Library: The Drama Within, with photographs by Diane Asseo Griliches and a new introduction by John Y. Cole, the director of the Center for the Book in the Library of Congress, has just been reissued in an edition published by Bunker Hill Publishing.
The diverse and extraordinary black-and-white photographs range from the glorious Thomas Jefferson Building of the Library of Congress to the Biblioteca Marucelliana in Florence and the library in Sarajevo, which has since been destroyed.
Each of the photographs is accompanied by an appropriate quotation, such as Ralph Waldo Emerson’s “In a library we are surrounded by many hundreds of dear friends… ” or Pete Hamill’s exhortation to a passerby at the New York Public Library: “Hey, young man, hurrying by… mount those steps and enter. The world awaits you.”
According to Cole, “As this compelling collection of photographs makes clear, somehow there is nothing quite as poignant—or as meaningful—as the magical combination of library, book and individual reader.”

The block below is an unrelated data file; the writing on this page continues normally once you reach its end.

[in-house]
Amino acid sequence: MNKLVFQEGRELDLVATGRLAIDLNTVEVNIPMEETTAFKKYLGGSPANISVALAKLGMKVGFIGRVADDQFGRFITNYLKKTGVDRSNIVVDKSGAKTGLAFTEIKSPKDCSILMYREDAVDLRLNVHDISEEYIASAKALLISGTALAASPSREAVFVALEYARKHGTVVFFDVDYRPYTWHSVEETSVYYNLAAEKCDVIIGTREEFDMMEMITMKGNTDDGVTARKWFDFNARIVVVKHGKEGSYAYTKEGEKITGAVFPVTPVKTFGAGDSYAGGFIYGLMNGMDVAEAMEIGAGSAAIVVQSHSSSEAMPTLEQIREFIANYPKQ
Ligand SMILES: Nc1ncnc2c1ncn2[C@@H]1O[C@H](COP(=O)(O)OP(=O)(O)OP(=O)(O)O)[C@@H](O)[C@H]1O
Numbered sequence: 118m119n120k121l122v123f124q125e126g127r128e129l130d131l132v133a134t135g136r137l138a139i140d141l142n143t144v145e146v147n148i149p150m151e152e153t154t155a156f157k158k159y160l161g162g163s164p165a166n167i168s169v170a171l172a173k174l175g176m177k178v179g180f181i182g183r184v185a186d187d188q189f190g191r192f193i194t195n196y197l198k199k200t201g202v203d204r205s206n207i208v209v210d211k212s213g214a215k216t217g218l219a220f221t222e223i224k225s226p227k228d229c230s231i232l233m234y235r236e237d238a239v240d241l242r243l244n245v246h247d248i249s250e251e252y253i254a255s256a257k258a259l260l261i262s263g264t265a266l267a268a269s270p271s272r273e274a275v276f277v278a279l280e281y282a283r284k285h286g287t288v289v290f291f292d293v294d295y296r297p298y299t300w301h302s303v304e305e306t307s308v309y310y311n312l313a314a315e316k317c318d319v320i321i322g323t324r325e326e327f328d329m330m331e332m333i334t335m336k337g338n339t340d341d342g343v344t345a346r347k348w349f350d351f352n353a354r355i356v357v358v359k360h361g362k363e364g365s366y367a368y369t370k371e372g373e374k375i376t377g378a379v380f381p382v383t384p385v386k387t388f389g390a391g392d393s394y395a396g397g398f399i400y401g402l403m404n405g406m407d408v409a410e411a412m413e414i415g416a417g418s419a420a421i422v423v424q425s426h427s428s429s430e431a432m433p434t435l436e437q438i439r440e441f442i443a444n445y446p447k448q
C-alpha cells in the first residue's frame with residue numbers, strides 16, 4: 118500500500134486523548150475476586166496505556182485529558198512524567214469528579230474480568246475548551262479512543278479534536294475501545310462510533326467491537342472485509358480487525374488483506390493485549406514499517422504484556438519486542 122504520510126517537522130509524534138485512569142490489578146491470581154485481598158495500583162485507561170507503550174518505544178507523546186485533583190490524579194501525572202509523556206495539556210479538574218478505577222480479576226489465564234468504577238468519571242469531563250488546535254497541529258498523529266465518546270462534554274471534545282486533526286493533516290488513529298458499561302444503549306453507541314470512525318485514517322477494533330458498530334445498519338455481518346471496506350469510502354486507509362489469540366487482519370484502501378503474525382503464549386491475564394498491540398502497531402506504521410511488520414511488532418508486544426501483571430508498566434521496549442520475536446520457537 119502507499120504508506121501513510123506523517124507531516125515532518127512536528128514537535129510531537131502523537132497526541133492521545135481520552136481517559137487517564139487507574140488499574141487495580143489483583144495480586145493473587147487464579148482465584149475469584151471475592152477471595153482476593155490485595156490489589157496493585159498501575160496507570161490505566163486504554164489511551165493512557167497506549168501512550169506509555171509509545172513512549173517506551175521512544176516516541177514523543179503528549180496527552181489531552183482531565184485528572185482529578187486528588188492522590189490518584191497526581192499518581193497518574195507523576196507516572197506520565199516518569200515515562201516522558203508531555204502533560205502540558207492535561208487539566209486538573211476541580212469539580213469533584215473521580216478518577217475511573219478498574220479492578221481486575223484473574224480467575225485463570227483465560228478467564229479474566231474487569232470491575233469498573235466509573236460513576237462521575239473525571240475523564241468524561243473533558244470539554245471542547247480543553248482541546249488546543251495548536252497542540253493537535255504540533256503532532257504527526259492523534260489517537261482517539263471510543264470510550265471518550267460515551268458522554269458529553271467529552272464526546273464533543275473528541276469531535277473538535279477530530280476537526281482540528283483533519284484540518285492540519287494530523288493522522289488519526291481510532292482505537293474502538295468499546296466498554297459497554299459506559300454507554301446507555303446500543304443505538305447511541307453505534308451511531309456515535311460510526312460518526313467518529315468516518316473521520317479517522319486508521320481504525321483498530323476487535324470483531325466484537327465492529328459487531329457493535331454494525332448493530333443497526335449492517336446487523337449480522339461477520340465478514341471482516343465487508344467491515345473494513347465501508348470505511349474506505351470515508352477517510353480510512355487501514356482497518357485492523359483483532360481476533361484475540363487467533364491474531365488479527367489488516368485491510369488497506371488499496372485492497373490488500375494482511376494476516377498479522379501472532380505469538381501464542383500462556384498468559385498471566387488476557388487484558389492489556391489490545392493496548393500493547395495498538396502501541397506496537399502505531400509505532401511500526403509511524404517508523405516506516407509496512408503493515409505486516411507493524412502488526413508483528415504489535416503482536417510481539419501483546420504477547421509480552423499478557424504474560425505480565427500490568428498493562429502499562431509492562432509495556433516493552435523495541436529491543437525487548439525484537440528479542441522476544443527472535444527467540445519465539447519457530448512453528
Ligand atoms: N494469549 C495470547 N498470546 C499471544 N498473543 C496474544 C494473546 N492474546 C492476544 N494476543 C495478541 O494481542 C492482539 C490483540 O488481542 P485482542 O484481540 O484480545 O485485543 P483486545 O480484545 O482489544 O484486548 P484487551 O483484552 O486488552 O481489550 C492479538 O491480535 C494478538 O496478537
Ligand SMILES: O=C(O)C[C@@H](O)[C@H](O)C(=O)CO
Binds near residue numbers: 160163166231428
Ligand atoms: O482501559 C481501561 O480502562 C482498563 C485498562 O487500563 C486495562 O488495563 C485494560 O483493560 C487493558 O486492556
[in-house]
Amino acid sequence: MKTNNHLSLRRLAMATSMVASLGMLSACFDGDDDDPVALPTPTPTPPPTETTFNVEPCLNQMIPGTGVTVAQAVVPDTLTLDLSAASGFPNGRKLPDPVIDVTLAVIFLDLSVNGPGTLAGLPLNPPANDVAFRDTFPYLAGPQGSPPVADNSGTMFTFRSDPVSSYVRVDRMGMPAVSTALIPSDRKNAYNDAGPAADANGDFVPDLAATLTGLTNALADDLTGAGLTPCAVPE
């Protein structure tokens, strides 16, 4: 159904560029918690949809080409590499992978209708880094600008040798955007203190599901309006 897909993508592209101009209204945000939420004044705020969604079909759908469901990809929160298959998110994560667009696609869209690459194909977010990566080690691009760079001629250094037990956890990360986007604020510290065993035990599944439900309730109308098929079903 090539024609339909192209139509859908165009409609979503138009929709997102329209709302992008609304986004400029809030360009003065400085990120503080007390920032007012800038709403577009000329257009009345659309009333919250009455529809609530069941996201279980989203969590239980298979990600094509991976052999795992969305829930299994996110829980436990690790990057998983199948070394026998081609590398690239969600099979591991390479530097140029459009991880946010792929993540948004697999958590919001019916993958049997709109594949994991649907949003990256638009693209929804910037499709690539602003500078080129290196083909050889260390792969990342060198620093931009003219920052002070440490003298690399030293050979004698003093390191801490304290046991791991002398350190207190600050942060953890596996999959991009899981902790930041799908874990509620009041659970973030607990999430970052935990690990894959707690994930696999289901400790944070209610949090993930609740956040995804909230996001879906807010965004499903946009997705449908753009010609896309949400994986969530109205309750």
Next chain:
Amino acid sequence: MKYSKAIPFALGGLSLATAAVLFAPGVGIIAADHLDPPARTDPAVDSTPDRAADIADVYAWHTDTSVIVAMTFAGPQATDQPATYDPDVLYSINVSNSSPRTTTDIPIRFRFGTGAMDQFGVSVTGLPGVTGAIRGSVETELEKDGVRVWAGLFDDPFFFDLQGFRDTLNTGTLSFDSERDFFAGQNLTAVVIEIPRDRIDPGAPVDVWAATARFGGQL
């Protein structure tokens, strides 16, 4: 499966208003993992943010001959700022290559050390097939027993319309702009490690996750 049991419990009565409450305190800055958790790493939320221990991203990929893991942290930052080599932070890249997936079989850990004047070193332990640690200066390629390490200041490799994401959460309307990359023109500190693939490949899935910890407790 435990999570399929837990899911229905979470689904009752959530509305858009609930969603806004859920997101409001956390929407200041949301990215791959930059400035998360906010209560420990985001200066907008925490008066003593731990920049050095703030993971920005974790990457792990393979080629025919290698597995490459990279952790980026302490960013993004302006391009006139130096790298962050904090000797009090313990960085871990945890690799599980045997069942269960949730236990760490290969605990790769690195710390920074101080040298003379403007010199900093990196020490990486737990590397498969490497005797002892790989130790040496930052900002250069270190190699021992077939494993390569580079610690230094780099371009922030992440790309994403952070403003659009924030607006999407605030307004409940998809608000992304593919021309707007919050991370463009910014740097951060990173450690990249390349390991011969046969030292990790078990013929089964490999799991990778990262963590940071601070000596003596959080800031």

Says the photographer Griliches: “Libraries [are] one of the very few institutions on earth where any soul may walk through its doors free and depart enriched.”
Library: The Drama Within, published in association with the Center for the Book, is available for $35.00 from the Library of Congress Sales Shop (http://www.loc.gov/shop/) or by calling (888) 682-3557. It is also available in bookstores nationwide and online.
The Center for the Book was established by Congress in 1977 “to use the resources and prestige of the Library of Congress to promote books, reading, literacy and libraries.” With its many educational programs that reach readers of all ages, through its support of the National Book Festival, and through its dynamic state centers in the fifty states and the District of Columbia, the Center for the Book has developed a nationwide network of organizational partners dedicated to promoting the wonders and benefits of reading. The center’s Books and Beyond author series brings writers of all genres to the Library of Congress to discuss their work.